“As a journalist, you have to be objective,” Rossman emphasizes, pointing out that she strongly believes in and values journalistic objectivity, something that’s reflected in each and every project she worked on as a journalist. During her time at The Post (2008–2012), she got to make quite a few “very cool videos,” and cover the first election of President Obama.
After she left The Post, Rossman started working for Teach for America. That’s where she learned a lot about the educational landscape in America, and the “huge gap in equity” based on where people lived. And very soon she realized that things were unfair and that it took activism for anything to change for the better. Although she had always been interested in activism work, only after leaving The Post, when she wasn’t working as a journalist anymore, did she feel she could begin to do that kind of work. “That was a turning point for me in understanding activism as a tool,” Rossman said.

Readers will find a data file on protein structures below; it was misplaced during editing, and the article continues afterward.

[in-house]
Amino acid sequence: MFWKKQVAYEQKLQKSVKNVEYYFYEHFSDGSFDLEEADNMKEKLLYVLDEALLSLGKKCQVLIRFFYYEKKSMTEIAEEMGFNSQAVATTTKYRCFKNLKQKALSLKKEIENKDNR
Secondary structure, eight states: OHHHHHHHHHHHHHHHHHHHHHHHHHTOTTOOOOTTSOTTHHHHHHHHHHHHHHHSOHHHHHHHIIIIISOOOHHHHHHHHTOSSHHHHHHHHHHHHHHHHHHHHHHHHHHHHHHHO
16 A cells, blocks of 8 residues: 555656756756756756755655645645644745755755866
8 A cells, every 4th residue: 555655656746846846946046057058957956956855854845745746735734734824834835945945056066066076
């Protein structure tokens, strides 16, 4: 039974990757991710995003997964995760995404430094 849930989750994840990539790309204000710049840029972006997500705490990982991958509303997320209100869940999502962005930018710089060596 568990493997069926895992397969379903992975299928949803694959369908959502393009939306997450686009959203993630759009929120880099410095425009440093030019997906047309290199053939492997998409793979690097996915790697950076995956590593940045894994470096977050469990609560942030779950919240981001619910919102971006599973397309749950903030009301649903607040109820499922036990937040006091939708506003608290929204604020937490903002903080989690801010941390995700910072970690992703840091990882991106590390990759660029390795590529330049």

Today, Rossman uses art and activism as tools to make change. Her latest project is her most recent award-winning documentary, The Archivettes, which explores the story of Lesbian Herstory Archives, and “how this group came together to combat lesbian invisibility and create a place ‘that said yes.’”
It was by pure coincidence that Rossman discovered the Lesbian Herstory Archives while looking at Google maps with a friend. “I had no idea what it was and decided to reach out to them,” she says. “That’s how I met [activist] Maxine Wolfe and Deb Edel, who’s the co-founder. I interviewed both of them and was amazed by how open and kind they were.”